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poetry by Greg Hill

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After Love

by Greg Hill

 

 

You are to love one another, came the commandment. But some were too far in the back of the crowd to hear, so a message relay was requested. One stood up, turned around, and repeated what he had heard. There was a clamor near this speaker, for a few of his words were slightly different than what some thought they had heard the first time. It was decided quickly, by a few of the elders, that a committee should be gathered to confirm exactly what was said and what, if any, translations could be counted official. But you know what happens next: there’s discontent about who gets invited, various factions break off, each employing a different method of counting votes, several favoring just the heads of family, others allowing representation for adult males only, some discounting 40% the voting power of certain individuals based on skin color. Children are born into a community that knows only its moral certitude, which translates poorly across rivers and oceans, and means a slaughter of innocents who were bred to interpret their charge differently. Money changes hands, along with votes and allegiances. Discord erupts into conflict, conflict into battle, battle into war, treasuries collecting taxes to grow the hungry machine. There are others who come later, who try to capture some spirit of the original message, using words like “care” or “respect” or “peace” yet journalistic integrity must bow before cost margins, the success of which is necessary to deliver the corporate message to the people, so pitiful messages of tolerance and redistribution are rightly squashed. Clouds pass over, and days, and seasons and years and new calendars are formed and displaced by even newer ones but still the victors maintain their rectitude, even as philosophies bloom and wither, clans and kingdoms and empires and multinationals. It is so severe, this loving of one another, so as to be unrecognizable, though of course that is not the point, since it is victory that has led us here, righteousness that has given value to the status quo, to the structures and systems and weapons stockpiles that must be fortified against all enemies, enemies destroyed at all cost, costs driven by market, markets to protect the inheritance of what is right and good, for the sake of principle, for the purpose of discipline, for the flag of love that waves tirelessly over the corpses of infidels, of martyrs, of unbelievers; the diffident, the different, the dependent and misled; the huddled, the tired and the damn poor.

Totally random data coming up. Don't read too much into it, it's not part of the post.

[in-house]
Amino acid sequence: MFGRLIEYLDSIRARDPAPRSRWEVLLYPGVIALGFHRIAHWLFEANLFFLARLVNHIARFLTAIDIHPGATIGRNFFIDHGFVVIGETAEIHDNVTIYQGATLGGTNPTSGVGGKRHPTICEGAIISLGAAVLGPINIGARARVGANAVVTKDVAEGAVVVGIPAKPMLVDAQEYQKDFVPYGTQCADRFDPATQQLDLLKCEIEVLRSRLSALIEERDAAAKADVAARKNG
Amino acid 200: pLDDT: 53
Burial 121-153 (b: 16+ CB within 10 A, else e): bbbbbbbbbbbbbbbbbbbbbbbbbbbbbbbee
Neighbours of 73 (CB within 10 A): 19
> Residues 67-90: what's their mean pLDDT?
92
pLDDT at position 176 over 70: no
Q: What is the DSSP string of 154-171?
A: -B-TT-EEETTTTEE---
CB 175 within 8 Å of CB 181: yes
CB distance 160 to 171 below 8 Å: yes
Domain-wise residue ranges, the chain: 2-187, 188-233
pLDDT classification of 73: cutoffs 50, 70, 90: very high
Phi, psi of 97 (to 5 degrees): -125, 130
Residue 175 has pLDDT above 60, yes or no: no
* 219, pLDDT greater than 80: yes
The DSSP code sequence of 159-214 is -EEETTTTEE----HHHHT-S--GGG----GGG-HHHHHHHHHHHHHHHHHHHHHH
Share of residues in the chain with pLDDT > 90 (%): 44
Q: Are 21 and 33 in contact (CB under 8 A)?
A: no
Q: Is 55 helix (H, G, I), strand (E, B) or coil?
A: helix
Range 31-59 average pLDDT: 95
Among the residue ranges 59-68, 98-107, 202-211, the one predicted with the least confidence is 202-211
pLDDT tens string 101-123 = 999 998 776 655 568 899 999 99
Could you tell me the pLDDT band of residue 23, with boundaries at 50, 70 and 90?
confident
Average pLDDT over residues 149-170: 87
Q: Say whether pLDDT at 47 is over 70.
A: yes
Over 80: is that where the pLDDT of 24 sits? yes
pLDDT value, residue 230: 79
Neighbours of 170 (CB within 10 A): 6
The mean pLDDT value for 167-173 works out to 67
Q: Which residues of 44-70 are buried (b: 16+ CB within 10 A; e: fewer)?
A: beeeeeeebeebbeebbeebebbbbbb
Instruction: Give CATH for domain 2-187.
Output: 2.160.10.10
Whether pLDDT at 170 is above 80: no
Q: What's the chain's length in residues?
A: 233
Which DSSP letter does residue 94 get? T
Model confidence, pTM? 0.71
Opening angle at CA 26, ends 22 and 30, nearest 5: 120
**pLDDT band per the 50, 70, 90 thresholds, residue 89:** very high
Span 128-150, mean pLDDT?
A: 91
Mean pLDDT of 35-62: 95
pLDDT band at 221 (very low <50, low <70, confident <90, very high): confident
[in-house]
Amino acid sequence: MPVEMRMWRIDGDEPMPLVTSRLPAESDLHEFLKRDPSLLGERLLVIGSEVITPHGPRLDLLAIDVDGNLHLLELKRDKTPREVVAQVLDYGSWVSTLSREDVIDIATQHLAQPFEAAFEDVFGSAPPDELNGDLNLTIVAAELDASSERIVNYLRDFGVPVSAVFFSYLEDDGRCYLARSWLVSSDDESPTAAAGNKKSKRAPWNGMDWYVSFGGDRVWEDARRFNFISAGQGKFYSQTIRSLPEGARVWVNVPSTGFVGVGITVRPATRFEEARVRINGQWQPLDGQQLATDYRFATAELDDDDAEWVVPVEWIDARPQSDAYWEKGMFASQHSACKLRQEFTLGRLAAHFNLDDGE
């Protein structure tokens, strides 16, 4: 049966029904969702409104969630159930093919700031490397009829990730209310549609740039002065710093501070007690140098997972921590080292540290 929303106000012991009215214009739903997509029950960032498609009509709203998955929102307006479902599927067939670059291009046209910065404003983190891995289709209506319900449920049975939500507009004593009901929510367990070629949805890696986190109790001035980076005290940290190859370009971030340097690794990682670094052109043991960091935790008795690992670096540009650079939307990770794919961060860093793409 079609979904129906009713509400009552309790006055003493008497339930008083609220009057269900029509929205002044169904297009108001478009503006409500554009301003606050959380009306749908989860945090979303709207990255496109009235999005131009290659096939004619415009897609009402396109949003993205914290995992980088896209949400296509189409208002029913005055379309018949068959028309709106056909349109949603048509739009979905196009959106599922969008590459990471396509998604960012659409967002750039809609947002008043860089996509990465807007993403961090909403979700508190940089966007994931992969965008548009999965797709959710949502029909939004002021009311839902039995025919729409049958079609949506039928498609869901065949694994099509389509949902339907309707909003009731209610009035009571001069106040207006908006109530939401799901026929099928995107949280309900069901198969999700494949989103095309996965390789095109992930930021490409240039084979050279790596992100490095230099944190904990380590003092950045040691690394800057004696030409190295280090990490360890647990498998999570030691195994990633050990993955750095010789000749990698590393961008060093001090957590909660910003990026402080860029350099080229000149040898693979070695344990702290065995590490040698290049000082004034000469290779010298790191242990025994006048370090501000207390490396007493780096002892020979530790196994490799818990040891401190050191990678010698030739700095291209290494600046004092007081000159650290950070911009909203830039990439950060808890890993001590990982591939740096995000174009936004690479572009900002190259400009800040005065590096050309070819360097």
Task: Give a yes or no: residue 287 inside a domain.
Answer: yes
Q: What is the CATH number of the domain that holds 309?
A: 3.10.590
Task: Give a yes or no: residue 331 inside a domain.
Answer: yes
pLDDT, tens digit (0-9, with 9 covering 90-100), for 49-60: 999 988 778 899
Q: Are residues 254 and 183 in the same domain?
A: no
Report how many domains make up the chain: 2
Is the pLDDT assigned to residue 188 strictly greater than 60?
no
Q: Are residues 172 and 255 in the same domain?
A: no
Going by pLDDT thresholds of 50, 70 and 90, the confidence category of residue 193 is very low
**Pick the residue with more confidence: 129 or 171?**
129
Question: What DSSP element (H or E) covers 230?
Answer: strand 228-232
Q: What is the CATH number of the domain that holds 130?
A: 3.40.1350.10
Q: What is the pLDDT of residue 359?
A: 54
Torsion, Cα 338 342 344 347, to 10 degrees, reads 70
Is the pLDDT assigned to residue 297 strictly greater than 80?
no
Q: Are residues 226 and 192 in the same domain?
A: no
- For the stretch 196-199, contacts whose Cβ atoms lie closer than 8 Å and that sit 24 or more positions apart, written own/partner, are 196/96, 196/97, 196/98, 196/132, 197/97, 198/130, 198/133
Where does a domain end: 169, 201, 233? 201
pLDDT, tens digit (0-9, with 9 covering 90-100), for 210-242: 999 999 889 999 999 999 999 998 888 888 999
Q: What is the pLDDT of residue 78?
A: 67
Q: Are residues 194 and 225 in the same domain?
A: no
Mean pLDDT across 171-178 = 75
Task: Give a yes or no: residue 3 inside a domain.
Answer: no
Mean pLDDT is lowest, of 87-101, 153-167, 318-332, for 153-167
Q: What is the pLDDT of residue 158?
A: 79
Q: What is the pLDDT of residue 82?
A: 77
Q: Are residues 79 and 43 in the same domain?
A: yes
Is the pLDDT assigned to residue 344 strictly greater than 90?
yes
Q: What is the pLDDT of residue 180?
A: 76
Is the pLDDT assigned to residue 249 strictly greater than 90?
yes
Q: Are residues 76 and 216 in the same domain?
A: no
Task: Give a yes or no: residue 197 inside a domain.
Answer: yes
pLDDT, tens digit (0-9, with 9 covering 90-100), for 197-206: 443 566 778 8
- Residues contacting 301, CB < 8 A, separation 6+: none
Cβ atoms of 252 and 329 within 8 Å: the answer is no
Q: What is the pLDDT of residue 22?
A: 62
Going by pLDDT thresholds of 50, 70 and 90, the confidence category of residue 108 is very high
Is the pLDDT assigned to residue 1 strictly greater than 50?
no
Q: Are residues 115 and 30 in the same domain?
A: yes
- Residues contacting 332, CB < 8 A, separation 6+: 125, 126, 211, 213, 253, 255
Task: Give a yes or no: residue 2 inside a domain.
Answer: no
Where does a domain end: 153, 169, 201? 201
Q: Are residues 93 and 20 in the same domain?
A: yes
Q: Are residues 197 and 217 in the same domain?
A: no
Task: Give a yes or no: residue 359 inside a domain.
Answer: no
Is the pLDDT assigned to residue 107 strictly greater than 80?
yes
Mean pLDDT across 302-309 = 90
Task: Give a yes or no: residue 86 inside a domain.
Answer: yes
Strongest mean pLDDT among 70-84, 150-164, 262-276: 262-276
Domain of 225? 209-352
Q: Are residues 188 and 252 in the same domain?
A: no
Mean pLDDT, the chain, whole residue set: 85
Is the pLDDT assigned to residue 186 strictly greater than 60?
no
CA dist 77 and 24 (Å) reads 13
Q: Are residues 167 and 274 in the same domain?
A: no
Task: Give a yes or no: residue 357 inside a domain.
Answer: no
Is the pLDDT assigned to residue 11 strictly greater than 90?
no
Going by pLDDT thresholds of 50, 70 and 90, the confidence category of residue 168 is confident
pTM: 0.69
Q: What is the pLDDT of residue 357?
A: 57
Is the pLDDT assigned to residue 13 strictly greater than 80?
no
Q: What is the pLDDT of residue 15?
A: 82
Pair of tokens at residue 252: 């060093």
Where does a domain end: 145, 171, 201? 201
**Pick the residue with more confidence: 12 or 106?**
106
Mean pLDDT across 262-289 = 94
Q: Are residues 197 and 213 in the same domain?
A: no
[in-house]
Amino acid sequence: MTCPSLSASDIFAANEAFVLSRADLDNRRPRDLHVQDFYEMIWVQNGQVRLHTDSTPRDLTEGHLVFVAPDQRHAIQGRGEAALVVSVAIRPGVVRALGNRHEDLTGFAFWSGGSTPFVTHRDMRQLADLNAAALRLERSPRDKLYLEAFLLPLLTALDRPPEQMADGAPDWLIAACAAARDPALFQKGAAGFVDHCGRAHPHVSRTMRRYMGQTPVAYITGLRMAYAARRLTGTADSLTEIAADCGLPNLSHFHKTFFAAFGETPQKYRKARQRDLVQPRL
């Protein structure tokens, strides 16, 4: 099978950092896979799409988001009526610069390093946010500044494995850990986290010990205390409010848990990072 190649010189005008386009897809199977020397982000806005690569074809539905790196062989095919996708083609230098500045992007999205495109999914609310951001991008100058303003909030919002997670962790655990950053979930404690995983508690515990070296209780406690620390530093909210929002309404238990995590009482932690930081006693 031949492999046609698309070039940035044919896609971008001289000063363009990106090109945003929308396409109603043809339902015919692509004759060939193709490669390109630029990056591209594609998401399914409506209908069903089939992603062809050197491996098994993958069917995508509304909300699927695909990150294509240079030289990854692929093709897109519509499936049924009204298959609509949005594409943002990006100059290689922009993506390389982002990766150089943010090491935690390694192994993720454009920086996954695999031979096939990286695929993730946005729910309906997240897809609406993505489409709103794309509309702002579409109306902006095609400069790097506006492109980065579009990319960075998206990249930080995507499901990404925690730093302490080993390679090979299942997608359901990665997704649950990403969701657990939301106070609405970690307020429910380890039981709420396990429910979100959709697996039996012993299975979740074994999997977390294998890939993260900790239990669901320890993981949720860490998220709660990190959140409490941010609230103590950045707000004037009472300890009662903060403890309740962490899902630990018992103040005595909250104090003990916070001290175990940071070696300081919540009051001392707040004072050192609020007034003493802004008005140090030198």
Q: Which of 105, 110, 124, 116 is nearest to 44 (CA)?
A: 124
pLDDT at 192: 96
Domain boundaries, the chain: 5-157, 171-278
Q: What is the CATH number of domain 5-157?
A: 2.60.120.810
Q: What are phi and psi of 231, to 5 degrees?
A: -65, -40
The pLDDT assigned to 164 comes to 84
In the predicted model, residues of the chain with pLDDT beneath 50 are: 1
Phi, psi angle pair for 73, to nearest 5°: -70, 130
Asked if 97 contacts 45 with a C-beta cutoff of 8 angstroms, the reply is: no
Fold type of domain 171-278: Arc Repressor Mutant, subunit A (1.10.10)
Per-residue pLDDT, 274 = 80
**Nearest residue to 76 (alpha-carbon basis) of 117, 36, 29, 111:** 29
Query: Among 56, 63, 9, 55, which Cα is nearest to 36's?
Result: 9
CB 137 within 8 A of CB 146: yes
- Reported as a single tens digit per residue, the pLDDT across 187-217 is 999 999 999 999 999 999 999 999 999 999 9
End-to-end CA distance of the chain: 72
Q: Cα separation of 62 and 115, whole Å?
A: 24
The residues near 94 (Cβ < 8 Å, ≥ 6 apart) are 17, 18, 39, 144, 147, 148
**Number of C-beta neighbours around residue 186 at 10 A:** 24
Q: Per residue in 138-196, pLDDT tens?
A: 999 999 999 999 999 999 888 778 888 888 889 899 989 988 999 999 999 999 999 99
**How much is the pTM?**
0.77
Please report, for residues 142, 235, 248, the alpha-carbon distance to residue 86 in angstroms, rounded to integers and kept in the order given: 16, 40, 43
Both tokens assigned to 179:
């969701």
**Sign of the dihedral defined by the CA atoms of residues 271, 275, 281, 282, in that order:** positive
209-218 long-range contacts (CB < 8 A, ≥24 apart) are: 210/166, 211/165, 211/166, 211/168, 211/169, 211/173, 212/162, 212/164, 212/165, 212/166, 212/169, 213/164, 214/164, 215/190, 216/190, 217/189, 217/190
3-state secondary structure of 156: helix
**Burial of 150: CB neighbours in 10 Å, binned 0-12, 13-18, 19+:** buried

Song to the Hemlocks

 

I sing a song to the hemlocks
in the shade where the river
bends. Sail down, small notes,
with the flashing fins of fly-fish trout
and rowing boats,
past cold and austere rocks,
past glade ferns, golden farms,
the dances of their fields, then out beyond
the fertile loam where the current ends
and the splashing foam of the tide begins.

 

 

 

Alarm Clock

 

The alarm clock,
however, gets up earlier,
preparing for its purpose
like the pubescent teenager
jogging up the summer
camp’s grassy hill
with his bugle
to play Reveille.
Most working adults
have something negative
to say about the way
they are woken up
in the morning.
The not-quite-gentle
touch of open palm
to snooze alarm
is passive aggressive,
like a handshake—
one that gives
the appearance of
nice to meet you,
but has the feel of
shut the hell up
and don’t come back.

 

 

BIO

Greg Hill is an educator, adjunct professor of English, math tutor, and voice over talent in West Hartford, Connecticut. He has an MFA from Vermont College of Fine Arts and his work has appeared in Atlas and Alice, Barzakh, Cargo Literary, Cheap Pop, Grub Street, Past Ten, Queen Mob’s Teahouse, Whiskey Island and elsewhere. Thanks to his kids, he has memorized the movies Frozen, Trolls, and Moana. He spends his free time studying quantum mechanics and toki pona.

 

 

 

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